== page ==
This paper develops three observations triggered by Whitman's account of penal modernism; all relate to criminal law in the context of American politics and criminal justice. One suggests why "judicial conscience," which Whitman describes as playing a central role in penal modernism, may be more problematic in the U.S. than Europe. The second speculates that certain barriers to penal modernism in U.S. political and legal culture are less significant than they seem. Finally, I question the extent to which retributivism displaced penal modernism and suggest a lesson this may hold about criminal law theory in the political and policymaking arena.
Christopher N. Lasch (University of Denver Sturm College of Law) has posted Redress in State Postconviction Proceedings for Ineffective Crimmigration Counsel (63 DePaul L. Rev. 959 (2014)) on SSRN. Here is the abstract:
In its 2010 decision in Padilla v. Kentucky, the Supreme Court held the Sixth Amendment right to counsel encompasses what can properly be termed the right to effective “crimmigration” counsel — counsel on whether a guilty plea is accompanied by a risk of deportation. But in 2013, the Court took a step back from Padilla. Although most Padilla claims are properly brought after the expiration of direct review, in Chaidez v. United States the Court held Padilla announced a “new rule” of constitutional criminal procedure that would not be retroactively applied to cases already final on direct review. Essentially, Padilla would apply only prospectively, to guilty pleas entered after Padilla’s announcement.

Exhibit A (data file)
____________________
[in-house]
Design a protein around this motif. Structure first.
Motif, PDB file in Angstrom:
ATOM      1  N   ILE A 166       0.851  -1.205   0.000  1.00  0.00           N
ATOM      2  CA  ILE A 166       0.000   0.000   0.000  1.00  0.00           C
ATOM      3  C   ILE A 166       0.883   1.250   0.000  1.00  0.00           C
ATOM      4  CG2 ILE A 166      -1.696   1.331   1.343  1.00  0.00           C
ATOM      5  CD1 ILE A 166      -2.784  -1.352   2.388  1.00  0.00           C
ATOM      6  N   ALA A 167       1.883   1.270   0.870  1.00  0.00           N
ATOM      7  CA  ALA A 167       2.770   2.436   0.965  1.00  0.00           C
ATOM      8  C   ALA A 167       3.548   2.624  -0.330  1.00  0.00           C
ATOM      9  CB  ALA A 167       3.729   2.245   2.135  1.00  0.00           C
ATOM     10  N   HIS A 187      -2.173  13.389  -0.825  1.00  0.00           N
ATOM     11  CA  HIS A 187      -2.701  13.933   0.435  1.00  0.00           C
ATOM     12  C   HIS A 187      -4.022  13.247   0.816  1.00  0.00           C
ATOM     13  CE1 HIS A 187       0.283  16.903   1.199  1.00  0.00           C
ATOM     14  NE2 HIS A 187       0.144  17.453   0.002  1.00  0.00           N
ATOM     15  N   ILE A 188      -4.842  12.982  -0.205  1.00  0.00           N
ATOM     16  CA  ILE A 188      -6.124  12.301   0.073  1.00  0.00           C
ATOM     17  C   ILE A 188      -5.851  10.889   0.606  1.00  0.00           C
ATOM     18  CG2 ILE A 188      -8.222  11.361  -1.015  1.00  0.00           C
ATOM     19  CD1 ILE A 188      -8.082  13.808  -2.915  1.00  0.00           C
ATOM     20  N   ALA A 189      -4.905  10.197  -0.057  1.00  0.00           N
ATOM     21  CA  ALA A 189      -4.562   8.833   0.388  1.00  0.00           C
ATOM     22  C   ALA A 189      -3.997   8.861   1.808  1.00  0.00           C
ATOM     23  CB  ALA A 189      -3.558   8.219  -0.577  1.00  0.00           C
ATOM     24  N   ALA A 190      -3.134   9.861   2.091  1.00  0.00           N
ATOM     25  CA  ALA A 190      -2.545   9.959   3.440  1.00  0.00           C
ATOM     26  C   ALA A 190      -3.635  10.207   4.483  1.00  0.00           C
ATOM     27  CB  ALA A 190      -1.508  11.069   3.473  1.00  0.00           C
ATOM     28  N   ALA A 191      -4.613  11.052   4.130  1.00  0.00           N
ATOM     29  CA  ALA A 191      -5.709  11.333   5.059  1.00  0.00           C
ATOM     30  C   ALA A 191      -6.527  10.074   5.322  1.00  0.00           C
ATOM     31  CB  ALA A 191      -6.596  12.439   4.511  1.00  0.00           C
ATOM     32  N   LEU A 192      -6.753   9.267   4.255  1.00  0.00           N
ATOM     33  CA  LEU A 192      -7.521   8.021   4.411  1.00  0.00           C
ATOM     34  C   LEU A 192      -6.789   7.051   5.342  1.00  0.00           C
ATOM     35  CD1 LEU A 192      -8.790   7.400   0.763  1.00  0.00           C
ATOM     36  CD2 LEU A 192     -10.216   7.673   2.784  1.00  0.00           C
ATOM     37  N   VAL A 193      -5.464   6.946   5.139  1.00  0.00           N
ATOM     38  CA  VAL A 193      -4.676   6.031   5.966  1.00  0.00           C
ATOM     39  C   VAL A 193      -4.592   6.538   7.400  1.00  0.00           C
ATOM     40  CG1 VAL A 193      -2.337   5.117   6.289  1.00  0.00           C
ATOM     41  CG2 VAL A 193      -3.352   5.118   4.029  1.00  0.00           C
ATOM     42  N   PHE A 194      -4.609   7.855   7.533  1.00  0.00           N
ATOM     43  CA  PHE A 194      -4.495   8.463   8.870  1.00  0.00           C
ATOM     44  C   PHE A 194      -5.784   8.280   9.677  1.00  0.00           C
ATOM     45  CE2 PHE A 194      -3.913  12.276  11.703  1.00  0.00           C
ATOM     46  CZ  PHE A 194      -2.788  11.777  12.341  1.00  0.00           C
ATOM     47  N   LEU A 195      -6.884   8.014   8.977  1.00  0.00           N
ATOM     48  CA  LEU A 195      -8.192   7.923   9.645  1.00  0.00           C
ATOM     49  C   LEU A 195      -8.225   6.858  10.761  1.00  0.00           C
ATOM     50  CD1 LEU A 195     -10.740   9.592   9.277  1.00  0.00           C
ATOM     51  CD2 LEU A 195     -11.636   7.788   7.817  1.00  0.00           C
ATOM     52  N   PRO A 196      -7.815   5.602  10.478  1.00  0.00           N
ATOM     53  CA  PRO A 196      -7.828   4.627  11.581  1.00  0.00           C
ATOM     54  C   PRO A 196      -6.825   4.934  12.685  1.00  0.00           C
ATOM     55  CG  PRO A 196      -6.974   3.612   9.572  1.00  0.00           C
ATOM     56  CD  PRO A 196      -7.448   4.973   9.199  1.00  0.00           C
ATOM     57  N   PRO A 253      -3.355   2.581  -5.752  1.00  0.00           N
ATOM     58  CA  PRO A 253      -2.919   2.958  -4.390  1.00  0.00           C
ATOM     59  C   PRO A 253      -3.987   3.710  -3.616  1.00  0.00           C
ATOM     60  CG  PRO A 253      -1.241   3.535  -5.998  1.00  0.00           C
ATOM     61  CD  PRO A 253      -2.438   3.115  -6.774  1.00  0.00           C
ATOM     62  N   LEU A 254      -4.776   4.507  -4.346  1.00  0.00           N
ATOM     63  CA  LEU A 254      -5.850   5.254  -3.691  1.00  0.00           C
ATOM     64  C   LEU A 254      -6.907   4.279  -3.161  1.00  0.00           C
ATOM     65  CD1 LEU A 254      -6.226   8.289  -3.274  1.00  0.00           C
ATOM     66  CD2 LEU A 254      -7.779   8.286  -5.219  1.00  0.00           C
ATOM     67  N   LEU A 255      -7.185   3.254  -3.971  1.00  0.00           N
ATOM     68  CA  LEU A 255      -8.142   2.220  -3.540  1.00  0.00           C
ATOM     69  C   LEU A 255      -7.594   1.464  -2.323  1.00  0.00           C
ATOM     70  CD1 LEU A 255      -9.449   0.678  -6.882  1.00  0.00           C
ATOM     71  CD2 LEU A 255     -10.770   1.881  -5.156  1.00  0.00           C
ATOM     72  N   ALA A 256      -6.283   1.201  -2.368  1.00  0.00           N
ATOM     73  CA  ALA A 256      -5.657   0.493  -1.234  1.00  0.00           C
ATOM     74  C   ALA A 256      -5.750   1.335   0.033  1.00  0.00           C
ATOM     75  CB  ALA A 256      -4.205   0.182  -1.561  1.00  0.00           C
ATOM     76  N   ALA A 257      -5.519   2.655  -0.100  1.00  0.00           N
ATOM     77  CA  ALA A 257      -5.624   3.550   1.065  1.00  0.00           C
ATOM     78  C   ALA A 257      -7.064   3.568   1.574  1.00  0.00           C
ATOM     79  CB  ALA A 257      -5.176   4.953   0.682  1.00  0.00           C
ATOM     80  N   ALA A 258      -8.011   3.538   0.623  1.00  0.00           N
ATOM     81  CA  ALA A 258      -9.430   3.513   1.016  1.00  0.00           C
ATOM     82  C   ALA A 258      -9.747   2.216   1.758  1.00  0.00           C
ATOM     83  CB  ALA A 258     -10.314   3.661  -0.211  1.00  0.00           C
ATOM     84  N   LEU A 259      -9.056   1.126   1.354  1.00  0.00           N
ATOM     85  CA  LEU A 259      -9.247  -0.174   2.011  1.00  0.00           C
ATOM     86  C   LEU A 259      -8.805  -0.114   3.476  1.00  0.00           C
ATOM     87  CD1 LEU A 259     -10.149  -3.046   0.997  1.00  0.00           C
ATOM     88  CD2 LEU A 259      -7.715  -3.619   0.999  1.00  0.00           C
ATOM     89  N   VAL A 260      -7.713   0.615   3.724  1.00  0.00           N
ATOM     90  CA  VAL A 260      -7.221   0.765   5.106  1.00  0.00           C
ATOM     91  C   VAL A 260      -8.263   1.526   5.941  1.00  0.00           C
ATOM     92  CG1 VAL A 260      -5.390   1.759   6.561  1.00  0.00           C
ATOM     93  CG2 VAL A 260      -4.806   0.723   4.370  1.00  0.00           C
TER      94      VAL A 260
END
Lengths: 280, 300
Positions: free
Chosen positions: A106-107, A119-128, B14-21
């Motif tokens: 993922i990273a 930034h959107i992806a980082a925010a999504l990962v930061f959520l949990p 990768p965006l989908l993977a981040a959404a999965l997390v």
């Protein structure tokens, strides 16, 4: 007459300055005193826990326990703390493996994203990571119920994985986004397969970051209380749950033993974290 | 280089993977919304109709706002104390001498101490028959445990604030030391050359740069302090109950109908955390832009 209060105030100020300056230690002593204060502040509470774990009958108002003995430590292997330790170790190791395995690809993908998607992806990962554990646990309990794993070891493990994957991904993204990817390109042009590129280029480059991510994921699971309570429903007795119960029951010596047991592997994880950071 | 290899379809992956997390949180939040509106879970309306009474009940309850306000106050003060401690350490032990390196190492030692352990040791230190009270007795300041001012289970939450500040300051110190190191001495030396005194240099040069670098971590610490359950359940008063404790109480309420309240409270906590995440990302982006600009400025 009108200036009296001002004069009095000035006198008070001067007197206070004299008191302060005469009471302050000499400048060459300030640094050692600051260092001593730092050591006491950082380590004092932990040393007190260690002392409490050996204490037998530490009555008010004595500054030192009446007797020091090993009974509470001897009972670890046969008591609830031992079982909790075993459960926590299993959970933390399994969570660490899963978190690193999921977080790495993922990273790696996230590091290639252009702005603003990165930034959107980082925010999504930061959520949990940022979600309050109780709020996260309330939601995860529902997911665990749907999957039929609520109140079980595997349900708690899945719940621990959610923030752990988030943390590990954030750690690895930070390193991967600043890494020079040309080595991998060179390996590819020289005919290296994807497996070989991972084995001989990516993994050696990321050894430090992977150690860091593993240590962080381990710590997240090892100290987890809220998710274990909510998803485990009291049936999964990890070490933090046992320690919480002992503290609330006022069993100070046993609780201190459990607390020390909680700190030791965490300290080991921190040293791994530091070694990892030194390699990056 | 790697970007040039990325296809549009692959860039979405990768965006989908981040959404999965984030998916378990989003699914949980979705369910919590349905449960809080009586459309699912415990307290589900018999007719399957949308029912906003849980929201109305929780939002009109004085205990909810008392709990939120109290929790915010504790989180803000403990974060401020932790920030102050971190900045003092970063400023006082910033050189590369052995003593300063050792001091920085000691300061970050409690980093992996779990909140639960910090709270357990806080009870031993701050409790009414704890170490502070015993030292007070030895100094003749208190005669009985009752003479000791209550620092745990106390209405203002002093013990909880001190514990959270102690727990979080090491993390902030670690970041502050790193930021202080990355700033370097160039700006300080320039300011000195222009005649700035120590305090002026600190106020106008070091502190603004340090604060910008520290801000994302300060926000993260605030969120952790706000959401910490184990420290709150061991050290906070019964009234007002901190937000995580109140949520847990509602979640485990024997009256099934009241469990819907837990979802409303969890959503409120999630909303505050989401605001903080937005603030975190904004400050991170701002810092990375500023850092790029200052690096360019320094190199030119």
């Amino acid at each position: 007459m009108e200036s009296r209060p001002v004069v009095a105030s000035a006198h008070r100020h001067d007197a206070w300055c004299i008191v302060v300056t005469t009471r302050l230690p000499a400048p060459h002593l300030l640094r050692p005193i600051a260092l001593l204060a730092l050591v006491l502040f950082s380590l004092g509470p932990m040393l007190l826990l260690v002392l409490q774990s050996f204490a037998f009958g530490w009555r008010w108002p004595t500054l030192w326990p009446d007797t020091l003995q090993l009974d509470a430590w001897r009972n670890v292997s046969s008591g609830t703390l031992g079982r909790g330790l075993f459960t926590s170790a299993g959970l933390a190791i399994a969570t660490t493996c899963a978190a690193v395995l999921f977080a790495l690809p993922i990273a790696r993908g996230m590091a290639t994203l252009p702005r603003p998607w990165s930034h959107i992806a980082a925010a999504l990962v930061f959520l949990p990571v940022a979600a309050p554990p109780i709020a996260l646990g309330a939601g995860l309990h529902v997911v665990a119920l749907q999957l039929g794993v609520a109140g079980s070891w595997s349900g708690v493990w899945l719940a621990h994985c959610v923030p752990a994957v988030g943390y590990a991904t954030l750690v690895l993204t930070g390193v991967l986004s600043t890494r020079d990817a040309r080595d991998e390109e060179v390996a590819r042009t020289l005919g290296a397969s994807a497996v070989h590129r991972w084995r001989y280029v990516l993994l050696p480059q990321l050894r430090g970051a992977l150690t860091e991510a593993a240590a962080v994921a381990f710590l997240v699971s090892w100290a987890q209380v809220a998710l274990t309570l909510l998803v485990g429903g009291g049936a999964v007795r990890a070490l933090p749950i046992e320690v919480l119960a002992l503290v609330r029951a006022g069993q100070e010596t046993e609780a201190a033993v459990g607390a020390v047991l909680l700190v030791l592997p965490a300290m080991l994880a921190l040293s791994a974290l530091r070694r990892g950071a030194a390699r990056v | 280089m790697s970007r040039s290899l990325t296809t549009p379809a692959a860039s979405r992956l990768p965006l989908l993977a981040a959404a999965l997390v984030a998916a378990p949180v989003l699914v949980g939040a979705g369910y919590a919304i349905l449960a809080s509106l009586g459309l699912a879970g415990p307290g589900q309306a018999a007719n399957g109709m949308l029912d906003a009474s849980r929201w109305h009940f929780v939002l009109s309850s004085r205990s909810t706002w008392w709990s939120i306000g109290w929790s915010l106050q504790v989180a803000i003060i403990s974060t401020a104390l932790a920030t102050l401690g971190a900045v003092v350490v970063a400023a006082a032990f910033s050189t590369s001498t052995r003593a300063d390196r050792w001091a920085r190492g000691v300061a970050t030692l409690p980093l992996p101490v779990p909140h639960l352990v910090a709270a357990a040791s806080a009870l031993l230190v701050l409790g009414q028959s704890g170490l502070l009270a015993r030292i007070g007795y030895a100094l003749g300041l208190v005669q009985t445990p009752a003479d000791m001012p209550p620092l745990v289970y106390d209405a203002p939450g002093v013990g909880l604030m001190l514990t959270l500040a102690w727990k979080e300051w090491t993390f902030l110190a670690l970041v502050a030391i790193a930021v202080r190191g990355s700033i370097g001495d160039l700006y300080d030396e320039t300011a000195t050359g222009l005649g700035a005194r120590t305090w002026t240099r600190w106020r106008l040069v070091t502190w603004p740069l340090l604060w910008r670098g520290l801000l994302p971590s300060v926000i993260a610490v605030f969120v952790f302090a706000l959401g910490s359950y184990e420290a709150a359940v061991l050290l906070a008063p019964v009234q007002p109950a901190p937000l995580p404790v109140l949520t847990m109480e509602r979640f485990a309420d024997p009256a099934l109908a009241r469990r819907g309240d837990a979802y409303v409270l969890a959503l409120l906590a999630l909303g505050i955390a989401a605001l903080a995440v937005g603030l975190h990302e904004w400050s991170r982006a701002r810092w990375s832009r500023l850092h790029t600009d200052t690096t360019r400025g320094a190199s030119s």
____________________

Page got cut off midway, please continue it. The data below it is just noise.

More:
State courts, however, are free to craft their own rules for determining when the violation of a new constitutional rule will entitle a defendant to redress in state postconviction proceedings.
Monday, August 25, 2014
Orin Kerr has this post at The Volokh Conspiracy, discussing a recent district court case holding that the act does not apply but concluding, "As much as I favor narrow readings of the CFAA, I think the court was incorrect. Unfortunately, the CFAA is so broad it includes pretty much every computer, connected to the Internet or not."
Robert E. Wagner (City University of New York (CUNY) Baruch College Zicklin School of Business Department of Law) has posted Criminal Corporate Character (65 Florida Law Review 1293 (2013)) on SSRN. Here is the abstract: